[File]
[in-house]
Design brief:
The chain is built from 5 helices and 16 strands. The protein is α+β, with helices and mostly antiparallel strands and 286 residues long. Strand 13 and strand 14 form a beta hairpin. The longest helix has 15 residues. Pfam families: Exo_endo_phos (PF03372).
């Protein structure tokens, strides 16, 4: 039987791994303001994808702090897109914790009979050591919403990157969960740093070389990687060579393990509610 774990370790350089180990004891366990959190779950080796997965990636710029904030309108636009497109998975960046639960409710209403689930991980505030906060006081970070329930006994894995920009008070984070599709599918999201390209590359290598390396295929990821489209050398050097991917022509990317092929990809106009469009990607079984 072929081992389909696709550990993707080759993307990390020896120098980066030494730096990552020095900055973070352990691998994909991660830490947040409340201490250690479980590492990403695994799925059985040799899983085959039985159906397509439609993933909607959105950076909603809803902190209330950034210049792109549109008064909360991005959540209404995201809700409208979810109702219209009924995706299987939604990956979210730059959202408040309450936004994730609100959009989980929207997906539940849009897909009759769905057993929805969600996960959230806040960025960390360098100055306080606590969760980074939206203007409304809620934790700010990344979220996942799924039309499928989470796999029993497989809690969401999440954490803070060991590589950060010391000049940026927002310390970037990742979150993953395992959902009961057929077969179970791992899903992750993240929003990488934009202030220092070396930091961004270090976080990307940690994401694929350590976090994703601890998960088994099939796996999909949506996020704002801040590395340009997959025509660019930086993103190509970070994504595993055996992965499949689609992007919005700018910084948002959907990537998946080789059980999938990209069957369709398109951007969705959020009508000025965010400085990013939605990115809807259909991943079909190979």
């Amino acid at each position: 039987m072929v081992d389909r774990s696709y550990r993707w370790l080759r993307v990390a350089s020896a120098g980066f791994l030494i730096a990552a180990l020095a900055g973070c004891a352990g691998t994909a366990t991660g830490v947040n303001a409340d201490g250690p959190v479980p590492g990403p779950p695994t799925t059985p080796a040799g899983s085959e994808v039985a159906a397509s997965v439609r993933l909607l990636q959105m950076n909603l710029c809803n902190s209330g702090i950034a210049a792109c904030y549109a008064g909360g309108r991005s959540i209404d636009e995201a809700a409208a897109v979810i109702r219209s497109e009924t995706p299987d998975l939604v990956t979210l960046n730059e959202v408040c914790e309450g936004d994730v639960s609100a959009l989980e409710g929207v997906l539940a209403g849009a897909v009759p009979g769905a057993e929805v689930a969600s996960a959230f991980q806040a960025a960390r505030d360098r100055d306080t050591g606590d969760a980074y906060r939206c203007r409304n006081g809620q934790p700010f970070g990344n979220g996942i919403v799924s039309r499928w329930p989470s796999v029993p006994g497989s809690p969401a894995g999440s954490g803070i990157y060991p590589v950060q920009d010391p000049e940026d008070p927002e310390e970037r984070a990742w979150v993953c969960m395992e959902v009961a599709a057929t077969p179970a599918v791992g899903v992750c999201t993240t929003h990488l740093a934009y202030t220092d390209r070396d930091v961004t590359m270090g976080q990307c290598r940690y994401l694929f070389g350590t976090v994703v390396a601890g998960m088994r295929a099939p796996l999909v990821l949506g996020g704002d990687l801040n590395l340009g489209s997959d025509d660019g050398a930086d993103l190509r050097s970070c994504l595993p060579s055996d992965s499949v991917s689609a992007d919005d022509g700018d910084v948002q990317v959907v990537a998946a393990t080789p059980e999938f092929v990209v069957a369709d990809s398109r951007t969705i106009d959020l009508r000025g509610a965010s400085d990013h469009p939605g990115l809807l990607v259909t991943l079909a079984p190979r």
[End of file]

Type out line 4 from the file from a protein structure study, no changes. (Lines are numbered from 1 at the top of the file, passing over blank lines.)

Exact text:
């Protein structure tokens, strides 16, 4: 039987791994303001994808702090897109914790009979050591919403990157969960740093070389990687060579393990509610 774990370790350089180990004891366990959190779950080796997965990636710029904030309108636009497109998975960046639960409710209403689930991980505030906060006081970070329930006994894995920009008070984070599709599918999201390209590359290598390396295929990821489209050398050097991917022509990317092929990809106009469009990607079984 072929081992389909696709550990993707080759993307990390020896120098980066030494730096990552020095900055973070352990691998994909991660830490947040409340201490250690479980590492990403695994799925059985040799899983085959039985159906397509439609993933909607959105950076909603809803902190209330950034210049792109549109008064909360991005959540209404995201809700409208979810109702219209009924995706299987939604990956979210730059959202408040309450936004994730609100959009989980929207997906539940849009897909009759769905057993929805969600996960959230806040960025960390360098100055306080606590969760980074939206203007409304809620934790700010990344979220996942799924039309499928989470796999029993497989809690969401999440954490803070060991590589950060010391000049940026927002310390970037990742979150993953395992959902009961057929077969179970791992899903992750993240929003990488934009202030220092070396930091961004270090976080990307940690994401694929350590976090994703601890998960088994099939796996999909949506996020704002801040590395340009997959025509660019930086993103190509970070994504595993055996992965499949689609992007919005700018910084948002959907990537998946080789059980999938990209069957369709398109951007969705959020009508000025965010400085990013939605990115809807259909991943079909190979």